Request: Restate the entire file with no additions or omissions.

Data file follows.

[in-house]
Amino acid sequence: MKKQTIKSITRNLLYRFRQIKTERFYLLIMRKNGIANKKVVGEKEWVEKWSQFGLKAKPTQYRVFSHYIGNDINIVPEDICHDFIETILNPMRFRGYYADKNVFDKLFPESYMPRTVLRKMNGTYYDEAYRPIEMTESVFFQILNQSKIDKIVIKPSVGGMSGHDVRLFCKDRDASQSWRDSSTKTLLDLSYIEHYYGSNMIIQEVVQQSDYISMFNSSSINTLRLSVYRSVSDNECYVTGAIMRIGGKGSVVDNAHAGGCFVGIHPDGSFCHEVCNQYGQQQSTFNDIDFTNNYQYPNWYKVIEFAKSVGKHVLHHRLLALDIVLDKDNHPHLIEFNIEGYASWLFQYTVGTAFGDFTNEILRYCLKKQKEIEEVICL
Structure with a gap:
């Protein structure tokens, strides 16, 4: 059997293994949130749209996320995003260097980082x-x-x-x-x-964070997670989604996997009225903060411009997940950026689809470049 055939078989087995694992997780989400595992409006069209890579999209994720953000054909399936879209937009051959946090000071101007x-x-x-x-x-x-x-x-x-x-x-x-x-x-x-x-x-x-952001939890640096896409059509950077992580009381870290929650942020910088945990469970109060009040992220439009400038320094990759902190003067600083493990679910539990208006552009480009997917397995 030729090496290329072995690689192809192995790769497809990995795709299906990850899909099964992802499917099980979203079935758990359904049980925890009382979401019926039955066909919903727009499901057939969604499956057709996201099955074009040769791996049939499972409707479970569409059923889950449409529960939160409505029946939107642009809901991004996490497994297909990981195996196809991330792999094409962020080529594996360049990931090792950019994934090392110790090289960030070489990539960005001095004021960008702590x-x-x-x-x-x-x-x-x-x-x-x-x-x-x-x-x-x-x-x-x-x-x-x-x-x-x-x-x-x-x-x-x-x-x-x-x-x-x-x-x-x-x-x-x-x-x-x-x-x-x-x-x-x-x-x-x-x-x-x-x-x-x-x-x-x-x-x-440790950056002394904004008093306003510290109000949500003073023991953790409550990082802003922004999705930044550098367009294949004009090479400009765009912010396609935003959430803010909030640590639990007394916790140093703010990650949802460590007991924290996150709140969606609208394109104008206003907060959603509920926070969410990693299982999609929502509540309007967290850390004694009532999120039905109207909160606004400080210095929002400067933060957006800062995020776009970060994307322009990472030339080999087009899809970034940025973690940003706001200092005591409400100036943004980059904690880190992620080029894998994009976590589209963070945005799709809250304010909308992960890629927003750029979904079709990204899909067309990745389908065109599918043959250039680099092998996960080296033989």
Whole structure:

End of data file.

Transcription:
[in-house]
Amino acid sequence: MKKQTIKSITRNLLYRFRQIKTERFYLLIMRKNGIANKKVVGEKEWVEKWSQFGLKAKPTQYRVFSHYIGNDINIVPEDICHDFIETILNPMRFRGYYADKNVFDKLFPESYMPRTVLRKMNGTYYDEAYRPIEMTESVFFQILNQSKIDKIVIKPSVGGMSGHDVRLFCKDRDASQSWRDSSTKTLLDLSYIEHYYGSNMIIQEVVQQSDYISMFNSSSINTLRLSVYRSVSDNECYVTGAIMRIGGKGSVVDNAHAGGCFVGIHPDGSFCHEVCNQYGQQQSTFNDIDFTNNYQYPNWYKVIEFAKSVGKHVLHHRLLALDIVLDKDNHPHLIEFNIEGYASWLFQYTVGTAFGDFTNEILRYCLKKQKEIEEVICL
Structure with a gap:
């Protein structure tokens, strides 16, 4: 059997293994949130749209996320995003260097980082x-x-x-x-x-964070997670989604996997009225903060411009997940950026689809470049 055939078989087995694992997780989400595992409006069209890579999209994720953000054909399936879209937009051959946090000071101007x-x-x-x-x-x-x-x-x-x-x-x-x-x-x-x-x-x-952001939890640096896409059509950077992580009381870290929650942020910088945990469970109060009040992220439009400038320094990759902190003067600083493990679910539990208006552009480009997917397995 030729090496290329072995690689192809192995790769497809990995795709299906990850899909099964992802499917099980979203079935758990359904049980925890009382979401019926039955066909919903727009499901057939969604499956057709996201099955074009040769791996049939499972409707479970569409059923889950449409529960939160409505029946939107642009809901991004996490497994297909990981195996196809991330792999094409962020080529594996360049990931090792950019994934090392110790090289960030070489990539960005001095004021960008702590x-x-x-x-x-x-x-x-x-x-x-x-x-x-x-x-x-x-x-x-x-x-x-x-x-x-x-x-x-x-x-x-x-x-x-x-x-x-x-x-x-x-x-x-x-x-x-x-x-x-x-x-x-x-x-x-x-x-x-x-x-x-x-x-x-x-x-x-440790950056002394904004008093306003510290109000949500003073023991953790409550990082802003922004999705930044550098367009294949004009090479400009765009912010396609935003959430803010909030640590639990007394916790140093703010990650949802460590007991924290996150709140969606609208394109104008206003907060959603509920926070969410990693299982999609929502509540309007967290850390004694009532999120039905109207909160606004400080210095929002400067933060957006800062995020776009970060994307322009990472030339080999087009899809970034940025973690940003706001200092005591409400100036943004980059904690880190992620080029894998994009976590589209963070945005799709809250304010909308992960890629927003750029979904079709990204899909067309990745389908065109599918043959250039680099092998996960080296033989």
Whole structure: